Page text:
Talking Periods: 6 tips for explaining menstruation to your daughter

Talking Periods: 6 tips for explaining menstruation to your daughter

She may cringe when you mention periods, but all pre-teen girls are anxious to know the facts. Here are some tried-and-true tips for helping her get her head around the menstrual cycle.

Don’t do it all at once

It can be overwhelming to be presented with a whole load of facts and unfamiliar terms, so it’s best to introduce the subject gradually over several conversations. After the first chat, she’s bound to have questions like ‘Will it hurt?’ and ‘Is it normal that I haven’t started yet?’ so check with her later if there’s anything she wants to ask and keep the lines of communication open.

Let her cringe

She may feel embarrassed, disgusted or angry once you introduce the subject of periods. She may even shut you down and stomp off. Being a teenager is an emotional and confusing time, especially with all those hormones racing around her body, so don’t rise to her negative reaction. Just let her know you’re there to talk about it when she’s ready.

Dispel those myths

Schoolyard rumor can lead to all kinds of misinformation and confusion. She may have heard myths like the fact that girls can’t do sports or wash their hair during menstruation, that menstrual blood is different from ‘normal’ blood and that all menstrual cycles last 28 days exactly. All of these are untrue, and it’s important to give her straight, reliable facts so she feels confident, instead of fearful. Make it clear that periods vary enormously from woman to woman when it comes to symptoms, your age when you start, how long periods last and heaviness of flow.

Be prepared

Have a ‘starter kit’ ready to give her, with a box of Always Radiant Teen Regular Pads with Wings and perhaps a change of underwear. Keep it in a handy place like the bathroom cabinet and make her aware it’s there, to get her used to the idea. A smaller kit for her school bag is a good idea, too, so she’s ready when her first period starts. Being prepared will make her feel less anxious about menstruation.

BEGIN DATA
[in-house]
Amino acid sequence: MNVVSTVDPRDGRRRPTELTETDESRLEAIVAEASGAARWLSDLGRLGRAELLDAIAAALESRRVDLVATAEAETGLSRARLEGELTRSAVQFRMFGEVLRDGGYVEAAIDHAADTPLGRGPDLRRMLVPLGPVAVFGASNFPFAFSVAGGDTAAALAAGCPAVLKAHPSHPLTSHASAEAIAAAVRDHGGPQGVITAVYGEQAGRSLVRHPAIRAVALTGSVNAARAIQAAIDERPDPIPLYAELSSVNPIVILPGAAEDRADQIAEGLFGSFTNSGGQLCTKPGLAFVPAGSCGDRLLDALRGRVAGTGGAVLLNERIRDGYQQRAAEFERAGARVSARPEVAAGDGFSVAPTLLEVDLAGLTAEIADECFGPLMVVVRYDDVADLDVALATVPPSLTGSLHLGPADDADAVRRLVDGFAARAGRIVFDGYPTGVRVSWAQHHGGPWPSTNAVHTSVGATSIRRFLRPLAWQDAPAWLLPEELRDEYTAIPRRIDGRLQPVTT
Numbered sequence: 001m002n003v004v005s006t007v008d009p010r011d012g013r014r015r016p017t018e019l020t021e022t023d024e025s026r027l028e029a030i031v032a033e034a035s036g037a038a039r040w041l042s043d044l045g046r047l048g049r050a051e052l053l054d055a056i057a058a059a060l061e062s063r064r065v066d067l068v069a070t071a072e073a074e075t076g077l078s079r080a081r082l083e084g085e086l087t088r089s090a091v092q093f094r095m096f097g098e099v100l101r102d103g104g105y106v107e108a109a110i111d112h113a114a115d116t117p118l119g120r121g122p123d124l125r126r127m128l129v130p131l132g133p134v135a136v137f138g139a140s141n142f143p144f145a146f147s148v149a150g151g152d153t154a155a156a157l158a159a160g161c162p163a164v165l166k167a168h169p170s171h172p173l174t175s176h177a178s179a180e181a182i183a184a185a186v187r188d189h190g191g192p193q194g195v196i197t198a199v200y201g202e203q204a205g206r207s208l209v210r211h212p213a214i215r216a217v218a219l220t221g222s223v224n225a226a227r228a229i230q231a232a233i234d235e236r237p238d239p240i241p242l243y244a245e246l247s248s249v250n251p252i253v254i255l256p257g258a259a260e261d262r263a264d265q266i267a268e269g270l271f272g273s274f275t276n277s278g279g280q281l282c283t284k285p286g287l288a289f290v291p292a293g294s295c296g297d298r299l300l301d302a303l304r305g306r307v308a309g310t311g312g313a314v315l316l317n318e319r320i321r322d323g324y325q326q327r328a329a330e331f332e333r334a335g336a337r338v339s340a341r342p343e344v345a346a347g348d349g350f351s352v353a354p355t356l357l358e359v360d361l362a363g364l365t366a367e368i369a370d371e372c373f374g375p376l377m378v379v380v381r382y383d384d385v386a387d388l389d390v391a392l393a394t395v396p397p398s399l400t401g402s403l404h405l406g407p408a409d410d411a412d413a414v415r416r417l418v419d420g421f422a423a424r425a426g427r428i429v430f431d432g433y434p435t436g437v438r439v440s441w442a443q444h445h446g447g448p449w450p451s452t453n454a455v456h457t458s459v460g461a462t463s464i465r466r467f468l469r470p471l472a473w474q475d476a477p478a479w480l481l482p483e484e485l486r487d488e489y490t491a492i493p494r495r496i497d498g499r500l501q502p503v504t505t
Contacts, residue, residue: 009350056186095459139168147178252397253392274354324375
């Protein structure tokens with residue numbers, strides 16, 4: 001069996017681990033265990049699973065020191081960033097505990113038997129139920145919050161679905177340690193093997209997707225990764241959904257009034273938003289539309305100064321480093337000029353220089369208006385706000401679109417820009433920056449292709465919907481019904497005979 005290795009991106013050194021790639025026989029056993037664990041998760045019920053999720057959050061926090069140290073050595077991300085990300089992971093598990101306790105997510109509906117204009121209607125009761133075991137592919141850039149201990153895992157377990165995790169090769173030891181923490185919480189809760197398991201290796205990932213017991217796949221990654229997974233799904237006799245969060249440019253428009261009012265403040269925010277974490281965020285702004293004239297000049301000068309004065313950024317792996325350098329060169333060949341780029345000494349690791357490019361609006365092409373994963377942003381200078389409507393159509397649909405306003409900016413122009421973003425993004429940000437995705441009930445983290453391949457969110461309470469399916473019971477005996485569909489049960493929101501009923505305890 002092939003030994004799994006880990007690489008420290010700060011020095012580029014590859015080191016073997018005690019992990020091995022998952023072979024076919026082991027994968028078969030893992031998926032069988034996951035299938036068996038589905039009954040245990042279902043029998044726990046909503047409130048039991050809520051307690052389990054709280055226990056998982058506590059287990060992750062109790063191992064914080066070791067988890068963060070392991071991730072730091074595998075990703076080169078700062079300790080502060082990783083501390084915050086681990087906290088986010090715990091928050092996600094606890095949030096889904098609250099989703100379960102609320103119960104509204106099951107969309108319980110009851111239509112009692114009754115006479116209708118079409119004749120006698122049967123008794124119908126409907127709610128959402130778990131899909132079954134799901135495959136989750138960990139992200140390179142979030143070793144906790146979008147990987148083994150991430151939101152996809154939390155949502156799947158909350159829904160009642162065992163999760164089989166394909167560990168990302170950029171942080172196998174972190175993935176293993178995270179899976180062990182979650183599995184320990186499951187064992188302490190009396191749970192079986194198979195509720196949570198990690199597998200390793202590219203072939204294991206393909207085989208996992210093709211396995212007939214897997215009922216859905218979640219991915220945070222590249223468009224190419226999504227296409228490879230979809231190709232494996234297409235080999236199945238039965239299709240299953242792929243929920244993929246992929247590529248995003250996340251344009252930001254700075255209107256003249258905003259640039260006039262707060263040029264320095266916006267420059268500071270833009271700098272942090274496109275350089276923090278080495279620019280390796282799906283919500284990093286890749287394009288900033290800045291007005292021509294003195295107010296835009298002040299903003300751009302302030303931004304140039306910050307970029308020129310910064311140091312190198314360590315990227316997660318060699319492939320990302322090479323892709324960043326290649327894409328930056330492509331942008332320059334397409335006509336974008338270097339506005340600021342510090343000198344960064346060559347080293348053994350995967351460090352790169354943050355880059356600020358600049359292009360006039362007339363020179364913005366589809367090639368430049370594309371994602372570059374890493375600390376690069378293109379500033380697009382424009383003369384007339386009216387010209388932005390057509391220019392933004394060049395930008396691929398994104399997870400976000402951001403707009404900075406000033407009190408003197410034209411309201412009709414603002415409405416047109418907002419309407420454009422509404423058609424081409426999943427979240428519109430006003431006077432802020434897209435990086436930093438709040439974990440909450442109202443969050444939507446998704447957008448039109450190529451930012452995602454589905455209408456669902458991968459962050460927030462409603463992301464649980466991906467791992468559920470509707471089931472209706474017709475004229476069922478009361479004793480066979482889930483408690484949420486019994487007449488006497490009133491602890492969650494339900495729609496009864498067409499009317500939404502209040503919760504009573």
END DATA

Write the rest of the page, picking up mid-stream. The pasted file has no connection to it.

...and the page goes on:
Remind her that she’s not alone

If your daughter feels distressed or awkward about the idea of periods, it’s worth reminding her that all women get them – including you. Carefully downplay any negative incidents, and share with her your own experiences and observations. Like how you coped when your period started unexpectedly, or the fact that her auntie gets a bit moody at certain times of the month. Realizing periods are just part of being a woman will make her feel that bit more grown-up.

Give her all the need-to-know facts

Understanding that there are certain situations that require more thought can be really helpful to a teenage girl who hasn’t had a period yet. Like knowing not to wear white jeans when your period’s due, that tampons are better suited to holidays (especially if there’s swimming involved) and that there are different towels for nighttime – like Always Ultra Thin Overnight Liners, so she can sleep all night without worry. When she’s ready, talk her through the need-to-know facts that can make all the difference when the time comes.

What worked for you when talking to your daughter about periods? Or what did your mom tell you about periods? Share your insights in the comments below…

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